The Principle of Peaceable Conduct as a Discrimination Tool in Social Life

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By exercising their (imperfect) capacity to discriminate, people try to recognize and to understand some important differences between things that make them prefer some things to other. In this article I will use my ability to discriminate between people and societies according to a principle which plays the role of attractor, both at individual and societal levels, namely the principle of peaceable conduct. This principle allows us to discriminate at the civic level between the people who have a civilized conduct and those who manifest an aggressive conduct. The category of civilized people includes individuals who (a) respect the life and bodily integrity of their fellows, (b) practice self-control, not control over others and (c) do not claim, through coercive means, the goods that their fellows have obtained by making free and peaceful use of their own faculties and capabilities. The category of aggressive people reunites (a) murderers (those who endanger the lives of their fellow), (b) tyrants (those who beslave their fellows by taking control of some of their faculties) and (c) thieves (those who claim the goods of their fellows without their consent). The civilized conduct requires high standards of action of the people who embrace it and, implicitly, considerable physical and psychical costs. The primary impulses originating in our lower Self blatantly contradict the respect for life, liberty and property of our fellows, so that it seems impossible for them to be controlled only by personal effort. Therefore, it is vital that the energy allotted to peaceable conduct by our higher Self be superior to the energy which it spontaneously mobilizes in support of the primary impulses of our lower Self. This can be achieved by feeding the people with the social energy of certain social emotions in the process of internalizing the norms of peaceable conduct. Among these emotions, contempt and shame, respectively anger and guilt stand out through the predominance of the moral dimension and force of shaping human conduct. They underlie two different moral systems – “shame morality”, and “guilt morality” respectively – that support our peaceable conduct and, ipso facto, our civilized life.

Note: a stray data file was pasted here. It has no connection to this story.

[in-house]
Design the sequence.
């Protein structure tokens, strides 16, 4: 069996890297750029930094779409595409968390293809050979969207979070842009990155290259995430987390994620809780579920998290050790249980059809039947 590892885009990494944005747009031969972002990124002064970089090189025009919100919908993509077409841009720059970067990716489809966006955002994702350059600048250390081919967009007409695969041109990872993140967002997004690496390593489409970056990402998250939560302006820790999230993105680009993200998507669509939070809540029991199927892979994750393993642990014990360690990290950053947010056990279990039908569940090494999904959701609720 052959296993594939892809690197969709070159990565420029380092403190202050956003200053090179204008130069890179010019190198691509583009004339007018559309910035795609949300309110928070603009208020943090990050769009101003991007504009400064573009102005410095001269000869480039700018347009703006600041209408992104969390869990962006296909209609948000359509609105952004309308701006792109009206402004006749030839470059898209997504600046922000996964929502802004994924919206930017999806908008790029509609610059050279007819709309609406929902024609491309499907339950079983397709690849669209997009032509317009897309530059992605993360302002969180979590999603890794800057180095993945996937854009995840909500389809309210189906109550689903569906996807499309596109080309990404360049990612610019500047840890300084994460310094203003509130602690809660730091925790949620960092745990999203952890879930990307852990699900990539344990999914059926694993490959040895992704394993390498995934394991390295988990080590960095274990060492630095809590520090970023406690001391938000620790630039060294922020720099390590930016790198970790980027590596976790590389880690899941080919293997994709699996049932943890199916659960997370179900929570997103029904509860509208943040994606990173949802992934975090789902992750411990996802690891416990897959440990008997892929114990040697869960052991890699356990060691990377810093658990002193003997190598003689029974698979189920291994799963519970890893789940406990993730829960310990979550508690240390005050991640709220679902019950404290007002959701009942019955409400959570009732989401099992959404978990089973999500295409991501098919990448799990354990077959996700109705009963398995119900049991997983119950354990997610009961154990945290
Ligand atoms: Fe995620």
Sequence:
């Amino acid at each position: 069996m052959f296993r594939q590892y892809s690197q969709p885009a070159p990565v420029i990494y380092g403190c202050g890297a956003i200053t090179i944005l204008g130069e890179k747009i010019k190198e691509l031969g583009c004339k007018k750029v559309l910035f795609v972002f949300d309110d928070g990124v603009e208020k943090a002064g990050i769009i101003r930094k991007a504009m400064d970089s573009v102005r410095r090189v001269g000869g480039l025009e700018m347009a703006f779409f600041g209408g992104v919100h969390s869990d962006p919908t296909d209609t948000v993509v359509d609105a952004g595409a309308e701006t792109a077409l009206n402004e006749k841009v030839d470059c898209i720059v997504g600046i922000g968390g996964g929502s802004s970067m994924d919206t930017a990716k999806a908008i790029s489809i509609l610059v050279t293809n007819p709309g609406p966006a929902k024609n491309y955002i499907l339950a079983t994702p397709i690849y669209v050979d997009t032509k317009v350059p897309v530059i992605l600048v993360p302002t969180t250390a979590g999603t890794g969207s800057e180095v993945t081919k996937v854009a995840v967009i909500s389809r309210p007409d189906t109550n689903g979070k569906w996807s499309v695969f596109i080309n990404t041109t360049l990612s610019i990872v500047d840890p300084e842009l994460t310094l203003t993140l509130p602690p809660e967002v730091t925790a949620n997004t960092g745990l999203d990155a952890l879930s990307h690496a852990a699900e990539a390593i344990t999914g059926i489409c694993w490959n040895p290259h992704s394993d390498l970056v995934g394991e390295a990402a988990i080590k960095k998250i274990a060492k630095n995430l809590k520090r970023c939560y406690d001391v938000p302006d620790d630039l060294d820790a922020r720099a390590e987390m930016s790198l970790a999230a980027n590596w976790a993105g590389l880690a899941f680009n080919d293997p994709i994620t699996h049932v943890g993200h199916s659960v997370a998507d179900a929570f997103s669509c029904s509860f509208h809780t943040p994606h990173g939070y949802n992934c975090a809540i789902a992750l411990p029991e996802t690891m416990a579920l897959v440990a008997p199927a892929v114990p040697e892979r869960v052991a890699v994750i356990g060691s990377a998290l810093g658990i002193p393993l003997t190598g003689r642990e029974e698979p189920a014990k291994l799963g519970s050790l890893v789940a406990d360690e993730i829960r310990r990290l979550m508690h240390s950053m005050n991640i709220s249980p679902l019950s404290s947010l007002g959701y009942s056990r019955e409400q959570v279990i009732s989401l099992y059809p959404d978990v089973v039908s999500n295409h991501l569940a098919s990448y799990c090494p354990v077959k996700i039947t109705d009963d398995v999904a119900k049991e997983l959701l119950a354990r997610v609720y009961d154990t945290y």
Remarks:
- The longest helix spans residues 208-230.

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Archival date: 2015-10-10
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